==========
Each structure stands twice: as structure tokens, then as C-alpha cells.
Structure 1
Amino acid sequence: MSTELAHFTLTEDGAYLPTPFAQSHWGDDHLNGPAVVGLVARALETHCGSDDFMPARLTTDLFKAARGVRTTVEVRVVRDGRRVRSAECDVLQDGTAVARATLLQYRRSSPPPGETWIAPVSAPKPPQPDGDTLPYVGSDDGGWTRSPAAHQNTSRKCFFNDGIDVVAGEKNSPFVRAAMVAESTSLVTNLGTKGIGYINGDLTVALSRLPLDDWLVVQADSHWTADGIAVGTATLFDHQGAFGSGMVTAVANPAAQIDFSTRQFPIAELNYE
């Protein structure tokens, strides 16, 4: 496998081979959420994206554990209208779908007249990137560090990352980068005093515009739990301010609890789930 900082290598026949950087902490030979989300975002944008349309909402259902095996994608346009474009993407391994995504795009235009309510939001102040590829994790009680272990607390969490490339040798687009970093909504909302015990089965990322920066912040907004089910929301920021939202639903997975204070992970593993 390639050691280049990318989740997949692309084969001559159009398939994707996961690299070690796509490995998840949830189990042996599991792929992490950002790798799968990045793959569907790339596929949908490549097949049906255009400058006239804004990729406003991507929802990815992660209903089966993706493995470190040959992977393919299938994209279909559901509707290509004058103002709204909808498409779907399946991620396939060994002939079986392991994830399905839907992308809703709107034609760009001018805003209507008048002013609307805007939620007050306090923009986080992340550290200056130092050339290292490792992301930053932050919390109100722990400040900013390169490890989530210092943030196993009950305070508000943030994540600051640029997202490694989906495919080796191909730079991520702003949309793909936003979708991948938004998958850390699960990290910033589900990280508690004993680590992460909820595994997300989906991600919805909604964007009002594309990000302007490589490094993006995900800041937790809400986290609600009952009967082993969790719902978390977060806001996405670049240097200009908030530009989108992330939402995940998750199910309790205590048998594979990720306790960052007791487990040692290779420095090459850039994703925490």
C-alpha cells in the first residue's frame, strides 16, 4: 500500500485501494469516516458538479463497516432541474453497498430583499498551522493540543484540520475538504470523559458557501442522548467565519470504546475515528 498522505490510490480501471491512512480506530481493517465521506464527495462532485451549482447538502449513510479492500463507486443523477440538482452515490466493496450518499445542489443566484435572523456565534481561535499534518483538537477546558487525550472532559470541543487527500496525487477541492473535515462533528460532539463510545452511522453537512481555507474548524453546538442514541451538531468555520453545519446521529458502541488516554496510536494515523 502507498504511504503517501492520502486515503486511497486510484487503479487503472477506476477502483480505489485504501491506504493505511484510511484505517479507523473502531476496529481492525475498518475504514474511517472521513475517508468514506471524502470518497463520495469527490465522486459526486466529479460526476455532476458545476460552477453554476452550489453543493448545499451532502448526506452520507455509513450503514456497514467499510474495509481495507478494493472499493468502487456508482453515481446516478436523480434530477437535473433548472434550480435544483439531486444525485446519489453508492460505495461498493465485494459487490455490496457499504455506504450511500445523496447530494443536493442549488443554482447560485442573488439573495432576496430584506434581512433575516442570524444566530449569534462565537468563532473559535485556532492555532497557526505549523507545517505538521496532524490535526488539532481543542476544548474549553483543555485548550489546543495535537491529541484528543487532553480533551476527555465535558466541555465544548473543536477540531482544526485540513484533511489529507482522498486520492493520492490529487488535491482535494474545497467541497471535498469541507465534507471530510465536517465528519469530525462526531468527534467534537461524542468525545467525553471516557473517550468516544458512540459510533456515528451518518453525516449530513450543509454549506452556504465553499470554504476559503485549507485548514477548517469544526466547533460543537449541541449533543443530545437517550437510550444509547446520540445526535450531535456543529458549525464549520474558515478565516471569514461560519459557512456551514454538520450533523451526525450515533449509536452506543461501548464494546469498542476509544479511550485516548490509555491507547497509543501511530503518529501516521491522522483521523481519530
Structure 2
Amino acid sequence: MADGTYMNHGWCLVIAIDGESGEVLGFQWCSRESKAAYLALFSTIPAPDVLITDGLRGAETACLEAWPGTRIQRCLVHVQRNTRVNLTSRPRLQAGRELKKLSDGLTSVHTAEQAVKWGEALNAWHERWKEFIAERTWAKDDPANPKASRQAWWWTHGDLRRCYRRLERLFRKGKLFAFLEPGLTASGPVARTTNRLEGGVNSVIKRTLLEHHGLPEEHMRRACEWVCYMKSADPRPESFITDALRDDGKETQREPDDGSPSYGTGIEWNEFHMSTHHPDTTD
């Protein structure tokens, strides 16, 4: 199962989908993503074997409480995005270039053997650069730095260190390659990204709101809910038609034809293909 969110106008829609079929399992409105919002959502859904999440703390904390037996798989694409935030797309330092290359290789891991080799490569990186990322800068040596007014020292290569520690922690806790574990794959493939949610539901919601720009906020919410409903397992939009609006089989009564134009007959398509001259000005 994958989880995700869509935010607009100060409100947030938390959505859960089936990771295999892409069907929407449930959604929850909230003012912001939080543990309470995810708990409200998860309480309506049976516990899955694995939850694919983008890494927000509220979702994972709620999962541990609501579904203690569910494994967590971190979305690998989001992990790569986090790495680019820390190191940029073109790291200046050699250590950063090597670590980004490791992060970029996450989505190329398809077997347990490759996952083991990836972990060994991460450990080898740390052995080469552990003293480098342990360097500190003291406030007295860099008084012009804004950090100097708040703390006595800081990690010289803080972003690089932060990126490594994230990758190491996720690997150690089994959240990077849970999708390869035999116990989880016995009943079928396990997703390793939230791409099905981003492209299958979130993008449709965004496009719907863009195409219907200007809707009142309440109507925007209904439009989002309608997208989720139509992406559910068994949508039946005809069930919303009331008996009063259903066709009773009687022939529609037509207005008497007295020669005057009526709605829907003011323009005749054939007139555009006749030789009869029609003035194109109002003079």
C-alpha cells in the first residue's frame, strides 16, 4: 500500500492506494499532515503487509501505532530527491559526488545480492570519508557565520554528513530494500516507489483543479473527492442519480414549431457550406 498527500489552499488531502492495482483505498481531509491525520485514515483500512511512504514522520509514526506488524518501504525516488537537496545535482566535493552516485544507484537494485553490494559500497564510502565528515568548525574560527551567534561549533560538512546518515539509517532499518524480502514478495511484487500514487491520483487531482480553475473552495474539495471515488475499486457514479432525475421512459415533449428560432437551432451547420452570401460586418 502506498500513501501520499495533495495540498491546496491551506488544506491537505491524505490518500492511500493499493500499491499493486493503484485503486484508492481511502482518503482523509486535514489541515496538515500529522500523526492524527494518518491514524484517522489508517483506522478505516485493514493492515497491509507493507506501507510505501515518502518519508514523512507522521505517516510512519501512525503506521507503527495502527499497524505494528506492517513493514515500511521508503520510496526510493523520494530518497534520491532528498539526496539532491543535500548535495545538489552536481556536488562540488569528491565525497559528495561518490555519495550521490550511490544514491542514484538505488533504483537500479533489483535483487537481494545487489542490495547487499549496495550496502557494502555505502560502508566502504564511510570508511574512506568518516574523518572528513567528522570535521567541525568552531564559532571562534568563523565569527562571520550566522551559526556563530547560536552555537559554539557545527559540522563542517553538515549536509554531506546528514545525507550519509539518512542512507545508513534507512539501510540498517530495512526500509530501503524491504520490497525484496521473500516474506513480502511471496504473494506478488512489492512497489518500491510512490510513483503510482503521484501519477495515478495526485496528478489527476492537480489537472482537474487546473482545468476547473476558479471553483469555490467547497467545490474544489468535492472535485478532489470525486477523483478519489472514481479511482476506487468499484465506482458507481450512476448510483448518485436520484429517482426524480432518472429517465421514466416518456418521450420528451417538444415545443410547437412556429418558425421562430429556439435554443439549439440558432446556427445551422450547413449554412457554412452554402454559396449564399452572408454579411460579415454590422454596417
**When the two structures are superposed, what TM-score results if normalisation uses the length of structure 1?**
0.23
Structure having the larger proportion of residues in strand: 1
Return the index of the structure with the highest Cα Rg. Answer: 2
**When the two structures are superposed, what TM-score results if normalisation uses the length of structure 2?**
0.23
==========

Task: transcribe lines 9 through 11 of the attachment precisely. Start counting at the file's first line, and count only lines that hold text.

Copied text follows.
C-alpha cells in the first residue's frame, strides 16, 4: 500500500492506494499532515503487509501505532530527491559526488545480492570519508557565520554528513530494500516507489483543479473527492442519480414549431457550406 498527500489552499488531502492495482483505498481531509491525520485514515483500512511512504514522520509514526506488524518501504525516488537537496545535482566535493552516485544507484537494485553490494559500497564510502565528515568548525574560527551567534561549533560538512546518515539509517532499518524480502514478495511484487500514487491520483487531482480553475473552495474539495471515488475499486457514479432525475421512459415533449428560432437551432451547420452570401460586418 502506498500513501501520499495533495495540498491546496491551506488544506491537505491524505490518500492511500493499493500499491499493486493503484485503486484508492481511502482518503482523509486535514489541515496538515500529522500523526492524527494518518491514524484517522489508517483506522478505516485493514493492515497491509507493507506501507510505501515518502518519508514523512507522521505517516510512519501512525503506521507503527495502527499497524505494528506492517513493514515500511521508503520510496526510493523520494530518497534520491532528498539526496539532491543535500548535495545538489552536481556536488562540488569528491565525497559528495561518490555519495550521490550511490544514491542514484538505488533504483537500479533489483535483487537481494545487489542490495547487499549496495550496502557494502555505502560502508566502504564511510570508511574512506568518516574523518572528513567528522570535521567541525568552531564559532571562534568563523565569527562571520550566522551559526556563530547560536552555537559554539557545527559540522563542517553538515549536509554531506546528514545525507550519509539518512542512507545508513534507512539501510540498517530495512526500509530501503524491504520490497525484496521473500516474506513480502511471496504473494506478488512489492512497489518500491510512490510513483503510482503521484501519477495515478495526485496528478489527476492537480489537472482537474487546473482545468476547473476558479471553483469555490467547497467545490474544489468535492472535485478532489470525486477523483478519489472514481479511482476506487468499484465506482458507481450512476448510483448518485436520484429517482426524480432518472429517465421514466416518456418521450420528451417538444415545443410547437412556429418558425421562430429556439435554443439549439440558432446556427445551422450547413449554412457554412452554402454559396449564399452572408454579411460579415454590422454596417
**When the two structures are superposed, what TM-score results if normalisation uses the length of structure 1?**
0.23